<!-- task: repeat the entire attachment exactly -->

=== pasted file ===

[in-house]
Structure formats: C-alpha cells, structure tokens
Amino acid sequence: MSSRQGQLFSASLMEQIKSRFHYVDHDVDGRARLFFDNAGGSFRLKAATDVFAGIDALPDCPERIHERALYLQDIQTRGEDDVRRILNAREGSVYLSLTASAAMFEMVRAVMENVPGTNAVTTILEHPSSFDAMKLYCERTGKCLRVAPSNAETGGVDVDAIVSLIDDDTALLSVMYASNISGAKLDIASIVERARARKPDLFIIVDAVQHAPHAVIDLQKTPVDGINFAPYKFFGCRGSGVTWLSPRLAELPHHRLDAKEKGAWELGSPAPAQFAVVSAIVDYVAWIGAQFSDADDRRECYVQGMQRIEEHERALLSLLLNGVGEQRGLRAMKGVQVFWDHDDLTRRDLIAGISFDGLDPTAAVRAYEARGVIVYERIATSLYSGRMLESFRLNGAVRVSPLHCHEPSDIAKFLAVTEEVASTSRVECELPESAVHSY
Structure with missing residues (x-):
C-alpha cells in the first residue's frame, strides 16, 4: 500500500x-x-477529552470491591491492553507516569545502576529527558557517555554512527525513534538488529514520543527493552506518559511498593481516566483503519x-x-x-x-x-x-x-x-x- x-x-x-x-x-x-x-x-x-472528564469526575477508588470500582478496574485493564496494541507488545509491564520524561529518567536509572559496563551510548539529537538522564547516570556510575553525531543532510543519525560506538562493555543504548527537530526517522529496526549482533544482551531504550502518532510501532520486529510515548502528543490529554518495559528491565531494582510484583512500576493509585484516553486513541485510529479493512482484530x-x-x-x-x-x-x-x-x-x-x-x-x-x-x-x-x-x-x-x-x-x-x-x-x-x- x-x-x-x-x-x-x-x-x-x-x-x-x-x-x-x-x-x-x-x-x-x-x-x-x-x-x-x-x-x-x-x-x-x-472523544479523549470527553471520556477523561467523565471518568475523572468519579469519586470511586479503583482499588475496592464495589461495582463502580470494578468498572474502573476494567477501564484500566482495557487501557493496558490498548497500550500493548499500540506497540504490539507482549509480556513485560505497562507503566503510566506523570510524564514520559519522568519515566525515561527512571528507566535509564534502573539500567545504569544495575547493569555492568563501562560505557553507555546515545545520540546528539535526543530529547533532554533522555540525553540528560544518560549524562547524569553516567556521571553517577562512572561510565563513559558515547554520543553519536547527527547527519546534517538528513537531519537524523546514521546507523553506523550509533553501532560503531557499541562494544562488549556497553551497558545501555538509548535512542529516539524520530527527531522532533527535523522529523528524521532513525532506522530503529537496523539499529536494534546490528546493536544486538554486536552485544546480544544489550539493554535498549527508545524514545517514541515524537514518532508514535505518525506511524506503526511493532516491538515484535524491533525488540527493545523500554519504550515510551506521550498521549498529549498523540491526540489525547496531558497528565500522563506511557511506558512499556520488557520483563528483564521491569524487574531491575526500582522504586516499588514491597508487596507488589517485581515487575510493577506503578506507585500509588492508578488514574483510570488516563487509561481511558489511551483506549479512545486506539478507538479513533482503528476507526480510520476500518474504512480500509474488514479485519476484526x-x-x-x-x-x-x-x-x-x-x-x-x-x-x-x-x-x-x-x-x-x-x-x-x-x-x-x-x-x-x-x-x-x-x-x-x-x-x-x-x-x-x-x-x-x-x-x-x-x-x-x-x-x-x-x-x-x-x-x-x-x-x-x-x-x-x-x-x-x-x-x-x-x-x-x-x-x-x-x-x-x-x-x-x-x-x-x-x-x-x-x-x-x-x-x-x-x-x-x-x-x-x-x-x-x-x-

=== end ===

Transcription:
[in-house]
Structure formats: C-alpha cells, structure tokens
Amino acid sequence: MSSRQGQLFSASLMEQIKSRFHYVDHDVDGRARLFFDNAGGSFRLKAATDVFAGIDALPDCPERIHERALYLQDIQTRGEDDVRRILNAREGSVYLSLTASAAMFEMVRAVMENVPGTNAVTTILEHPSSFDAMKLYCERTGKCLRVAPSNAETGGVDVDAIVSLIDDDTALLSVMYASNISGAKLDIASIVERARARKPDLFIIVDAVQHAPHAVIDLQKTPVDGINFAPYKFFGCRGSGVTWLSPRLAELPHHRLDAKEKGAWELGSPAPAQFAVVSAIVDYVAWIGAQFSDADDRRECYVQGMQRIEEHERALLSLLLNGVGEQRGLRAMKGVQVFWDHDDLTRRDLIAGISFDGLDPTAAVRAYEARGVIVYERIATSLYSGRMLESFRLNGAVRVSPLHCHEPSDIAKFLAVTEEVASTSRVECELPESAVHSY
Structure with missing residues (x-):
C-alpha cells in the first residue's frame, strides 16, 4: 500500500x-x-477529552470491591491492553507516569545502576529527558557517555554512527525513534538488529514520543527493552506518559511498593481516566483503519x-x-x-x-x-x-x-x-x- x-x-x-x-x-x-x-x-x-472528564469526575477508588470500582478496574485493564496494541507488545509491564520524561529518567536509572559496563551510548539529537538522564547516570556510575553525531543532510543519525560506538562493555543504548527537530526517522529496526549482533544482551531504550502518532510501532520486529510515548502528543490529554518495559528491565531494582510484583512500576493509585484516553486513541485510529479493512482484530x-x-x-x-x-x-x-x-x-x-x-x-x-x-x-x-x-x-x-x-x-x-x-x-x-x- x-x-x-x-x-x-x-x-x-x-x-x-x-x-x-x-x-x-x-x-x-x-x-x-x-x-x-x-x-x-x-x-x-x-472523544479523549470527553471520556477523561467523565471518568475523572468519579469519586470511586479503583482499588475496592464495589461495582463502580470494578468498572474502573476494567477501564484500566482495557487501557493496558490498548497500550500493548499500540506497540504490539507482549509480556513485560505497562507503566503510566506523570510524564514520559519522568519515566525515561527512571528507566535509564534502573539500567545504569544495575547493569555492568563501562560505557553507555546515545545520540546528539535526543530529547533532554533522555540525553540528560544518560549524562547524569553516567556521571553517577562512572561510565563513559558515547554520543553519536547527527547527519546534517538528513537531519537524523546514521546507523553506523550509533553501532560503531557499541562494544562488549556497553551497558545501555538509548535512542529516539524520530527527531522532533527535523522529523528524521532513525532506522530503529537496523539499529536494534546490528546493536544486538554486536552485544546480544544489550539493554535498549527508545524514545517514541515524537514518532508514535505518525506511524506503526511493532516491538515484535524491533525488540527493545523500554519504550515510551506521550498521549498529549498523540491526540489525547496531558497528565500522563506511557511506558512499556520488557520483563528483564521491569524487574531491575526500582522504586516499588514491597508487596507488589517485581515487575510493577506503578506507585500509588492508578488514574483510570488516563487509561481511558489511551483506549479512545486506539478507538479513533482503528476507526480510520476500518474504512480500509474488514479485519476484526x-x-x-x-x-x-x-x-x-x-x-x-x-x-x-x-x-x-x-x-x-x-x-x-x-x-x-x-x-x-x-x-x-x-x-x-x-x-x-x-x-x-x-x-x-x-x-x-x-x-x-x-x-x-x-x-x-x-x-x-x-x-x-x-x-x-x-x-x-x-x-x-x-x-x-x-x-x-x-x-x-x-x-x-x-x-x-x-x-x-x-x-x-x-x-x-x-x-x-x-x-x-x-x-x-x-x-